U.S. Citizenship and Immigration Services announced a temporary final rule to help prevent the spread of the coronavirus (COVID-19) by using government-contracted telephonic interpreters for affirmative asylum interviews at no cost to the applicant.
This temporary final rule changes for the next 180 days the requirement that asylum applicants who do not speak English must bring an interpreter to their affirmative asylum interview. Under the modified regulation, USCIS will temporarily require applicants to proceed with a USCIS contract interpreter, provided the applicant is fluent in one of the 47 different languages available.
The government-contracted interpreters will be provided at no cost to asylum applicants. The interpreters are carefully vetted and tested and must pass rigorous background checks as well as meet a high standard of competency. The contract interpreters already regularly serve as interpreters for border screening interviews and act as interpreter monitors or occasionally serve as the primary interpreter during affirmative asylum interviews.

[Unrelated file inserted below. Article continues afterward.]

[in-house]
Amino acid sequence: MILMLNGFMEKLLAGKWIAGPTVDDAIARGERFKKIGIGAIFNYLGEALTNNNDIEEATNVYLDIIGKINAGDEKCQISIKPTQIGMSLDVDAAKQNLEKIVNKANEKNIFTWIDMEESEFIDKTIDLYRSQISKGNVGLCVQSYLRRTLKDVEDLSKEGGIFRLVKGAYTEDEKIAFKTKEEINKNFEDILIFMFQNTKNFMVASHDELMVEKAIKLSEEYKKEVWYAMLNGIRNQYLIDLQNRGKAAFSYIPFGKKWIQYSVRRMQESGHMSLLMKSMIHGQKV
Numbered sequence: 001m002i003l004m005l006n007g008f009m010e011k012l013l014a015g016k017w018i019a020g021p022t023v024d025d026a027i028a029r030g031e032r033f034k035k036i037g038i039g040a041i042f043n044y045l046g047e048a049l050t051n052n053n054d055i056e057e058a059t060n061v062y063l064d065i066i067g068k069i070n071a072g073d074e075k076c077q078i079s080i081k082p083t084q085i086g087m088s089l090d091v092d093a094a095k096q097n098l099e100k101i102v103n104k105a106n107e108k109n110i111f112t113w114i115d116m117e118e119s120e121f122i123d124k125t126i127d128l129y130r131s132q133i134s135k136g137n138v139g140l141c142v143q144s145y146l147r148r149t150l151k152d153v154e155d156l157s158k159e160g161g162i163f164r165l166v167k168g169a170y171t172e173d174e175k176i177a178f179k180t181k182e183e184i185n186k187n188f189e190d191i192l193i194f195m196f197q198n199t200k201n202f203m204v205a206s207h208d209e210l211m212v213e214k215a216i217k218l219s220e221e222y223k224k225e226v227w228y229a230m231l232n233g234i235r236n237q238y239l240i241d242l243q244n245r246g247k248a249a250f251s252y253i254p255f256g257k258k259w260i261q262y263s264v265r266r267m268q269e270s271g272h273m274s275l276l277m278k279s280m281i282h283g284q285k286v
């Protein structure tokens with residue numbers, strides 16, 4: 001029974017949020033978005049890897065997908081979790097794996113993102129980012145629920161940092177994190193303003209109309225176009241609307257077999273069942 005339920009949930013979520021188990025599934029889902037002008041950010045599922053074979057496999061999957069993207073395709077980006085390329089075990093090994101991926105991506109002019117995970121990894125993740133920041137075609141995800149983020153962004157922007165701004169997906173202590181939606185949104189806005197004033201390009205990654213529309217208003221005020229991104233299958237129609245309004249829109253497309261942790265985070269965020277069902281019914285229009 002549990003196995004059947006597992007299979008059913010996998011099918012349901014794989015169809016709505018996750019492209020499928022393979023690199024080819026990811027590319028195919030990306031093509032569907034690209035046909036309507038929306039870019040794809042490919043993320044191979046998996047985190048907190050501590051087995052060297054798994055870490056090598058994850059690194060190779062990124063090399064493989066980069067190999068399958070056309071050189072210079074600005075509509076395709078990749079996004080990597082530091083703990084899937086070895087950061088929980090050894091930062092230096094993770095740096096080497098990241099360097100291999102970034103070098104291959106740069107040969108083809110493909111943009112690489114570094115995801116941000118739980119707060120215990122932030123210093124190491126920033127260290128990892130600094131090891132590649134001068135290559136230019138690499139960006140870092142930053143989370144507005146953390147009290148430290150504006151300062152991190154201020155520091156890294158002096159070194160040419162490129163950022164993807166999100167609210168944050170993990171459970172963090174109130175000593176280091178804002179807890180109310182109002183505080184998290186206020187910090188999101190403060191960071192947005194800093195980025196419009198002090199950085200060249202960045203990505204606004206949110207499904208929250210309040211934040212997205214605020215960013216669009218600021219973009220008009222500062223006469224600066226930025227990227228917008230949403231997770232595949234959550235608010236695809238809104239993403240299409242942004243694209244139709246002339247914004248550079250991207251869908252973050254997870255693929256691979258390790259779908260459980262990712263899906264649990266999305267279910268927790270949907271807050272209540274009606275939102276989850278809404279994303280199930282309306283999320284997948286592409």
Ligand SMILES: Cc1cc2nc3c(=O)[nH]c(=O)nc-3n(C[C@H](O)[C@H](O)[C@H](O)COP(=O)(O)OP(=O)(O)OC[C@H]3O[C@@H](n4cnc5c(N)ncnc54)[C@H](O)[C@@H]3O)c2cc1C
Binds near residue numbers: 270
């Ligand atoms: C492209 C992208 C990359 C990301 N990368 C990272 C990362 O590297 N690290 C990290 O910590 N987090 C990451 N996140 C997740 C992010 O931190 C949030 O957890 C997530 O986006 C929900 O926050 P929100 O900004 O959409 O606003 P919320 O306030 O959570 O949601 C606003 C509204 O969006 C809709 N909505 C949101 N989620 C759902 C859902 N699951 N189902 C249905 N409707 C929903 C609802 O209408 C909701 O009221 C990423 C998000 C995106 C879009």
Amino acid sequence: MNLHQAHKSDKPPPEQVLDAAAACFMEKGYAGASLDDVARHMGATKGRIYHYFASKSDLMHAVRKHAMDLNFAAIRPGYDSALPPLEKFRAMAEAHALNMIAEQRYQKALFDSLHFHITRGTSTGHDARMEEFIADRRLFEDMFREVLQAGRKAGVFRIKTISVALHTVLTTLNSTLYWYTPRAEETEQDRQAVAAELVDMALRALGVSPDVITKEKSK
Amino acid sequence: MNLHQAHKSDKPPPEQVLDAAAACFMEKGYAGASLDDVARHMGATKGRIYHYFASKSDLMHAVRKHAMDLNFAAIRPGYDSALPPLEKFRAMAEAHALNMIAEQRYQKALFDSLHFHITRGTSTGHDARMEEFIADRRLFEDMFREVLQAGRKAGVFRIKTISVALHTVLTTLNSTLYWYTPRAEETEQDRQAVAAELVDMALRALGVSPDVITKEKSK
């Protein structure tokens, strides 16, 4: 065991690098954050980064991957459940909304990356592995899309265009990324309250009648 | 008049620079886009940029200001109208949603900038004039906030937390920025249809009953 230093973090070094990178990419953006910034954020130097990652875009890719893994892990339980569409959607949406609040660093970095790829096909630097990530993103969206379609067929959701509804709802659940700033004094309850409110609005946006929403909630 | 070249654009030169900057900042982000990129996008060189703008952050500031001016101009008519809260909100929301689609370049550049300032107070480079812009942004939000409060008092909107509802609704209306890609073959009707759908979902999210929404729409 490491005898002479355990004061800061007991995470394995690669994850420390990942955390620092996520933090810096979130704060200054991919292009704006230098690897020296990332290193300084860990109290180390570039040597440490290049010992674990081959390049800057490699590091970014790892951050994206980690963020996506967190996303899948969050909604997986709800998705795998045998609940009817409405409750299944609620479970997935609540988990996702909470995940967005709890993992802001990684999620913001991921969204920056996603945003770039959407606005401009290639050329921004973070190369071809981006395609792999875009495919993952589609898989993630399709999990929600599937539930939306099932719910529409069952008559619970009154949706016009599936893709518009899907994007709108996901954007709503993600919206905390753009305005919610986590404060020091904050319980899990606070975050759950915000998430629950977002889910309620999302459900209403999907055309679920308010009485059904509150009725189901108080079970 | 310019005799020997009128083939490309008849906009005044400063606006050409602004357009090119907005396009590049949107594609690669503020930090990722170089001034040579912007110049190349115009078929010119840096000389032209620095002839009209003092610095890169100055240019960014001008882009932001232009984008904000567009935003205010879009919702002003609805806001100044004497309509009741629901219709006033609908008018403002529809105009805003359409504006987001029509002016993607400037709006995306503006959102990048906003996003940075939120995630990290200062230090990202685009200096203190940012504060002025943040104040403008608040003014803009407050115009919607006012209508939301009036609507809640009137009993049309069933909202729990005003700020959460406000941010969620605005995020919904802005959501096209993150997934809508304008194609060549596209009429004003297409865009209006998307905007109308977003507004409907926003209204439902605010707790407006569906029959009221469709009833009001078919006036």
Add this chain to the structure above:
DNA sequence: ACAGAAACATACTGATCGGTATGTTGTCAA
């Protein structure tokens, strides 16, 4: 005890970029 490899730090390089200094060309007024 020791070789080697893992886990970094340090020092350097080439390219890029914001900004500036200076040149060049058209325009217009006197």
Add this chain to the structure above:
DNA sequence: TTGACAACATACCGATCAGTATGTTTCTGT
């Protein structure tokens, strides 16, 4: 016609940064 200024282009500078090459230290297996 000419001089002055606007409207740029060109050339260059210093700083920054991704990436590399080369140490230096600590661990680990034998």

Asylum applicants who are unable to proceed with the interview in English or any of the available languages listed must continue to provide their own interpreter.
The temporary rule will amend existing Department of Homeland Security regulations for 180 days and goes into effect on Sept. 23. On March 23, 2021, asylum applicants unable to proceed with the interview in English will again be required to provide their own interpreter.
For more information, read the temporary final rule published in the Federal Register on Sept. 23.